A Statewide Movement

Unique communities with the shared goal of literacy
for all of Florida’s children

Our Communities

Successful Parents

The secret behind successful children

Parent Resources

Networks for Change

Leaders from multiple sectors are working toward better outcomes
for children and families

Our Networks

Facebook

Snapshots of Council staff members, CSC staff members, partners and other leaders during session 2018. ... See MoreSee Less

Snapshots of Council staff members, CSC staff memb...

A timely resource as our hearts go out to all the children and families touched by this senseless act of violence. ... See MoreSee Less

Happy #ValentinesDay! ... See MoreSee Less

We agree. . . ... See MoreSee Less

Every moment is a learning moment. Investing in hi...

Twitter


RT @childrenstrust: Everyone can see... it's all about 3! Sign up today for our FREE, monthly book club, available to all 3-year-olds in Mi…

The Florida Children's Council is now on @LinkedIn! Follow us for more articles, news, legislative updates and more… https://t.co/15FieqNrfn

RT @readingby3rd: Be sure to place books on sturdy, low shelves or in plastic storage bins. Babies and toddlers are more likely to explore…

Our hearts go out to the entire Broward community. Here is a resource with tips for talking to children & youth fol… https://t.co/GaMsWCEgYN

Did You Know?

More than 60 percent of Florida’s fourth graders are not reading on grade level – hindering their success in the classroom and beyond.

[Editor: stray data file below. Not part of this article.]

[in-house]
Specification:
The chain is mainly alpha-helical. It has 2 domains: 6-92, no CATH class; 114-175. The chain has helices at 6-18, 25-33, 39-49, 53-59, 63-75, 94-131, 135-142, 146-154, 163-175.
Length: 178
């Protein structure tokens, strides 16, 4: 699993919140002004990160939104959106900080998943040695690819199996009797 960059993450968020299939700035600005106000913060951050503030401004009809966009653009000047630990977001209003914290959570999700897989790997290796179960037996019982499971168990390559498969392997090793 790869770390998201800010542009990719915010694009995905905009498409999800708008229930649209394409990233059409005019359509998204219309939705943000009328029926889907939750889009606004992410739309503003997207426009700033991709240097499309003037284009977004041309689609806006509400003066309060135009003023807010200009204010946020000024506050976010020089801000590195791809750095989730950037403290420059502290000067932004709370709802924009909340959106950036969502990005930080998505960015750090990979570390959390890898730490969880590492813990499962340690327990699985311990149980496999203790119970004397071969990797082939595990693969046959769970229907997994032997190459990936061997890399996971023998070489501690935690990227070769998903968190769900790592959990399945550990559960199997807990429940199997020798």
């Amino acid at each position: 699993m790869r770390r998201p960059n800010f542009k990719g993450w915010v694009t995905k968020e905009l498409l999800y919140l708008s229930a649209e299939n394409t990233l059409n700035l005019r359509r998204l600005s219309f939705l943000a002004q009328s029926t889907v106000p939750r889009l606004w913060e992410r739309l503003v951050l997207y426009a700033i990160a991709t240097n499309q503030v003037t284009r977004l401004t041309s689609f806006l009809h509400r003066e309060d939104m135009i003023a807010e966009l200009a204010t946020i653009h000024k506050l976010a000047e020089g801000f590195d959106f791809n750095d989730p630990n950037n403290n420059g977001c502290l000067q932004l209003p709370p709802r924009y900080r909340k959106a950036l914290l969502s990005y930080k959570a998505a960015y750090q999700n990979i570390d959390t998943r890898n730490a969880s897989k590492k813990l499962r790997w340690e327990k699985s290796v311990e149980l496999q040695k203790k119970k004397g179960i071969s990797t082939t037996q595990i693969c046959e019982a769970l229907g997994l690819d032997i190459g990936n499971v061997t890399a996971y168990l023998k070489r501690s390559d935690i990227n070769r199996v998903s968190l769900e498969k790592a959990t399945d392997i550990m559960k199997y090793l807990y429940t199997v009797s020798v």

The Florida Grade-Level Reading Campaign is working with communities and organizations statewide to boost early childhood literacy.

The Huddle

The online community of the Campaign for Grade-Level Reading Network.

Statistics Lottery

An alarming number of children – about 67 percent nationwide and more than 80 percent of those from low-income families – are not proficient readers by the end of third grade. This has significant and long-term consequences not only for each of those children, but for their communities and our nation as a whole. If left unchecked, this problem will undermine efforts to end intergenerational poverty, close the achievement gap and reduce high school dropout rates. Far fewer of the next generation will be prepared to succeed in a global economy, participate in higher education or enter military and civilian service.

Our Networks

Back to Top